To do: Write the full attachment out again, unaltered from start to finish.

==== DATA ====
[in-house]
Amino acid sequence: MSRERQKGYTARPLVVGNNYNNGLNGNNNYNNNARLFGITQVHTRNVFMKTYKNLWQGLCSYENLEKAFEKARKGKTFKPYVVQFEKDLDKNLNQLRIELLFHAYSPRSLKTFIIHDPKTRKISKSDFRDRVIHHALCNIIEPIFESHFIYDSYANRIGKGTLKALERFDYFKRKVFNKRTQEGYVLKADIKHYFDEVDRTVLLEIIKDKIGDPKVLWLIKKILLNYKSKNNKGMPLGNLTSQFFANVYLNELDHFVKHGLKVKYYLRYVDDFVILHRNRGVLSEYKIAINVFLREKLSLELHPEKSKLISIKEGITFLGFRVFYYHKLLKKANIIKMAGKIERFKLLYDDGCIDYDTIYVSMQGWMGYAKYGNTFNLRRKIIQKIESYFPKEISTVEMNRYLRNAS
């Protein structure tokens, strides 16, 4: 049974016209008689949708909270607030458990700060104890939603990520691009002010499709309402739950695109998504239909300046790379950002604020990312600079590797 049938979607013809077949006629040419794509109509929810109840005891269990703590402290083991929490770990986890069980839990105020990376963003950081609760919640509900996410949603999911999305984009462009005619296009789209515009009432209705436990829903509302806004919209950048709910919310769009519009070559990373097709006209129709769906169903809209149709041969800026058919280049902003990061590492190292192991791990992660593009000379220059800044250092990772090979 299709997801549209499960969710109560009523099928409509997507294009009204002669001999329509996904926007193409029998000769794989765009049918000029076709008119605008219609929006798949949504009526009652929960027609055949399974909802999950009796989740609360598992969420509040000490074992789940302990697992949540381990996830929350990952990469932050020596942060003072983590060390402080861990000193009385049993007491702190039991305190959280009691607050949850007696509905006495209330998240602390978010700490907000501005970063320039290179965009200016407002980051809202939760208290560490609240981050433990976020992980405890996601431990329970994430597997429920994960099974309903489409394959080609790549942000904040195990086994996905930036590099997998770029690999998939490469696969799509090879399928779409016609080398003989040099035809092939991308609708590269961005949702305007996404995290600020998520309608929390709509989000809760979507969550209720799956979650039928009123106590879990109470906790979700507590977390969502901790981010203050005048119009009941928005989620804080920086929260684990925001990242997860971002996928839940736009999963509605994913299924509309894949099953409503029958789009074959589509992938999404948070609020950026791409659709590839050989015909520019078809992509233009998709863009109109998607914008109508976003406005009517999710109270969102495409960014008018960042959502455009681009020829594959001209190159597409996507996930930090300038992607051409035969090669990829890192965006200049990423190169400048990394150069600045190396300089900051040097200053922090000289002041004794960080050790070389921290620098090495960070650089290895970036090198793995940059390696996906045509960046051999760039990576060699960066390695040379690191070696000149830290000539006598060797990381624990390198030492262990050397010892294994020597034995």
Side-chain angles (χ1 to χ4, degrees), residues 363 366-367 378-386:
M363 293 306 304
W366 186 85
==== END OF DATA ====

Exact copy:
[in-house]
Amino acid sequence: MSRERQKGYTARPLVVGNNYNNGLNGNNNYNNNARLFGITQVHTRNVFMKTYKNLWQGLCSYENLEKAFEKARKGKTFKPYVVQFEKDLDKNLNQLRIELLFHAYSPRSLKTFIIHDPKTRKISKSDFRDRVIHHALCNIIEPIFESHFIYDSYANRIGKGTLKALERFDYFKRKVFNKRTQEGYVLKADIKHYFDEVDRTVLLEIIKDKIGDPKVLWLIKKILLNYKSKNNKGMPLGNLTSQFFANVYLNELDHFVKHGLKVKYYLRYVDDFVILHRNRGVLSEYKIAINVFLREKLSLELHPEKSKLISIKEGITFLGFRVFYYHKLLKKANIIKMAGKIERFKLLYDDGCIDYDTIYVSMQGWMGYAKYGNTFNLRRKIIQKIESYFPKEISTVEMNRYLRNAS
């Protein structure tokens, strides 16, 4: 049974016209008689949708909270607030458990700060104890939603990520691009002010499709309402739950695109998504239909300046790379950002604020990312600079590797 049938979607013809077949006629040419794509109509929810109840005891269990703590402290083991929490770990986890069980839990105020990376963003950081609760919640509900996410949603999911999305984009462009005619296009789209515009009432209705436990829903509302806004919209950048709910919310769009519009070559990373097709006209129709769906169903809209149709041969800026058919280049902003990061590492190292192991791990992660593009000379220059800044250092990772090979 299709997801549209499960969710109560009523099928409509997507294009009204002669001999329509996904926007193409029998000769794989765009049918000029076709008119605008219609929006798949949504009526009652929960027609055949399974909802999950009796989740609360598992969420509040000490074992789940302990697992949540381990996830929350990952990469932050020596942060003072983590060390402080861990000193009385049993007491702190039991305190959280009691607050949850007696509905006495209330998240602390978010700490907000501005970063320039290179965009200016407002980051809202939760208290560490609240981050433990976020992980405890996601431990329970994430597997429920994960099974309903489409394959080609790549942000904040195990086994996905930036590099997998770029690999998939490469696969799509090879399928779409016609080398003989040099035809092939991308609708590269961005949702305007996404995290600020998520309608929390709509989000809760979507969550209720799956979650039928009123106590879990109470906790979700507590977390969502901790981010203050005048119009009941928005989620804080920086929260684990925001990242997860971002996928839940736009999963509605994913299924509309894949099953409503029958789009074959589509992938999404948070609020950026791409659709590839050989015909520019078809992509233009998709863009109109998607914008109508976003406005009517999710109270969102495409960014008018960042959502455009681009020829594959001209190159597409996507996930930090300038992607051409035969090669990829890192965006200049990423190169400048990394150069600045190396300089900051040097200053922090000289002041004794960080050790070389921290620098090495960070650089290895970036090198793995940059390696996906045509960046051999760039990576060699960066390695040379690191070696000149830290000539006598060797990381624990390198030492262990050397010892294994020597034995």
Side-chain angles (χ1 to χ4, degrees), residues 363 366-367 378-386:
M363 293 306 304
W366 186 85